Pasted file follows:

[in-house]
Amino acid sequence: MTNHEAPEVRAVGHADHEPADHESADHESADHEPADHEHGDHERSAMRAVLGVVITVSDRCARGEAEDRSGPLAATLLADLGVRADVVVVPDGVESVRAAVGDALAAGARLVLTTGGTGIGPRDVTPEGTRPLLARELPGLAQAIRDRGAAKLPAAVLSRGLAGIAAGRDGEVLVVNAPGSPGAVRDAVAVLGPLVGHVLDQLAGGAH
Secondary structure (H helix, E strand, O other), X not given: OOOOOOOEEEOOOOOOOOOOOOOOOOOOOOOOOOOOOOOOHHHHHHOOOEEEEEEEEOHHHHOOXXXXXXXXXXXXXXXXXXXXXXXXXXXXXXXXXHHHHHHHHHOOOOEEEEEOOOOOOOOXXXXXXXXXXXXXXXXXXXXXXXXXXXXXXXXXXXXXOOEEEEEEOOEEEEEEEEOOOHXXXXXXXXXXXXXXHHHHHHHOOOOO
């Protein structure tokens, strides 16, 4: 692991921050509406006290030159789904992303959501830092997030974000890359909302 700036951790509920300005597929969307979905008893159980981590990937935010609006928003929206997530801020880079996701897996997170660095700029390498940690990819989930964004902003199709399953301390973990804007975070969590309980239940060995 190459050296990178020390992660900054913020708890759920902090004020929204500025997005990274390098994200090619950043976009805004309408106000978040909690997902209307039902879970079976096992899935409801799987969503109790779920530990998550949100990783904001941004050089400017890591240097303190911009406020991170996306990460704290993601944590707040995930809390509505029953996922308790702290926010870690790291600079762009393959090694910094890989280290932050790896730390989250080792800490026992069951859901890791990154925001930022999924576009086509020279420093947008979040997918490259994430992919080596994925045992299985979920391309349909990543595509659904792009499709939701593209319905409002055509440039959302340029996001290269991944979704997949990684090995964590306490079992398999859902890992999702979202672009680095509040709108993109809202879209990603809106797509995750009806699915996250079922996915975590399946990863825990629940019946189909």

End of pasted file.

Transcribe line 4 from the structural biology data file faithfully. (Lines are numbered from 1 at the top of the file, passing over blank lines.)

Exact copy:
């Protein structure tokens, strides 16, 4: 692991921050509406006290030159789904992303959501830092997030974000890359909302 700036951790509920300005597929969307979905008893159980981590990937935010609006928003929206997530801020880079996701897996997170660095700029390498940690990819989930964004902003199709399953301390973990804007975070969590309980239940060995 190459050296990178020390992660900054913020708890759920902090004020929204500025997005990274390098994200090619950043976009805004309408106000978040909690997902209307039902879970079976096992899935409801799987969503109790779920530990998550949100990783904001941004050089400017890591240097303190911009406020991170996306990460704290993601944590707040995930809390509505029953996922308790702290926010870690790291600079762009393959090694910094890989280290932050790896730390989250080792800490026992069951859901890791990154925001930022999924576009086509020279420093947008979040997918490259994430992919080596994925045992299985979920391309349909990543595509659904792009499709939701593209319905409002055509440039959302340029996001290269991944979704997949990684090995964590306490079992398999859902890992999702979202672009680095509040709108993109809202879209990603809106797509995750009806699915996250079922996915975590399946990863825990629940019946189909």